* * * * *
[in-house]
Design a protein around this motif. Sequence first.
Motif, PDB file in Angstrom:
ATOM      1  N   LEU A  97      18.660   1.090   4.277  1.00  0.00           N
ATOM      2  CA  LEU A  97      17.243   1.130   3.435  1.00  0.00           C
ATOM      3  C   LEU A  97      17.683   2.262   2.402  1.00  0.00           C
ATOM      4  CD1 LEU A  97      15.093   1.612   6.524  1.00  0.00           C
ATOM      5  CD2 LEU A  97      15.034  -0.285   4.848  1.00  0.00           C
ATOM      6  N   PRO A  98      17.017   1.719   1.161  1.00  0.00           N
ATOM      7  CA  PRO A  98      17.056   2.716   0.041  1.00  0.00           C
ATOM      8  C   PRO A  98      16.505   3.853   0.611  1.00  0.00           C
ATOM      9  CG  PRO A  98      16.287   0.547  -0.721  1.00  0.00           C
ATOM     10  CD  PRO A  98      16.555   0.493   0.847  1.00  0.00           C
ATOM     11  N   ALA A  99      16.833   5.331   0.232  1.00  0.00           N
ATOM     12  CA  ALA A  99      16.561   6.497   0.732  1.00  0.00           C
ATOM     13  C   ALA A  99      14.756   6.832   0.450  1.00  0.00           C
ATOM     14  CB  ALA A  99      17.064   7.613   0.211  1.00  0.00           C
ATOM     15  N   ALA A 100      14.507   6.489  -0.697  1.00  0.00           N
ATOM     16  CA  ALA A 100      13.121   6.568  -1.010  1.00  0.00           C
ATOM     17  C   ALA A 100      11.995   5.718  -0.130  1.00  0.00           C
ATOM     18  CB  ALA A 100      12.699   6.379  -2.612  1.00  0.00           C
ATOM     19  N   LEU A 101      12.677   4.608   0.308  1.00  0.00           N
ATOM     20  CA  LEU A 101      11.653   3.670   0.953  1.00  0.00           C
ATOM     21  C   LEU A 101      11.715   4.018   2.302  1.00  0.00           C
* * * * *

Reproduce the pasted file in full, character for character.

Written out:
[in-house]
Design a protein around this motif. Sequence first.
Motif, PDB file in Angstrom:
ATOM      1  N   LEU A  97      18.660   1.090   4.277  1.00  0.00           N
ATOM      2  CA  LEU A  97      17.243   1.130   3.435  1.00  0.00           C
ATOM      3  C   LEU A  97      17.683   2.262   2.402  1.00  0.00           C
ATOM      4  CD1 LEU A  97      15.093   1.612   6.524  1.00  0.00           C
ATOM      5  CD2 LEU A  97      15.034  -0.285   4.848  1.00  0.00           C
ATOM      6  N   PRO A  98      17.017   1.719   1.161  1.00  0.00           N
ATOM      7  CA  PRO A  98      17.056   2.716   0.041  1.00  0.00           C
ATOM      8  C   PRO A  98      16.505   3.853   0.611  1.00  0.00           C
ATOM      9  CG  PRO A  98      16.287   0.547  -0.721  1.00  0.00           C
ATOM     10  CD  PRO A  98      16.555   0.493   0.847  1.00  0.00           C
ATOM     11  N   ALA A  99      16.833   5.331   0.232  1.00  0.00           N
ATOM     12  CA  ALA A  99      16.561   6.497   0.732  1.00  0.00           C
ATOM     13  C   ALA A  99      14.756   6.832   0.450  1.00  0.00           C
ATOM     14  CB  ALA A  99      17.064   7.613   0.211  1.00  0.00           C
ATOM     15  N   ALA A 100      14.507   6.489  -0.697  1.00  0.00           N
ATOM     16  CA  ALA A 100      13.121   6.568  -1.010  1.00  0.00           C
ATOM     17  C   ALA A 100      11.995   5.718  -0.130  1.00  0.00           C
ATOM     18  CB  ALA A 100      12.699   6.379  -2.612  1.00  0.00           C
ATOM     19  N   LEU A 101      12.677   4.608   0.308  1.00  0.00           N
ATOM     20  CA  LEU A 101      11.653   3.670   0.953  1.00  0.00           C
ATOM     21  C   LEU A 101      11.715   4.018   2.302  1.00  0.00           C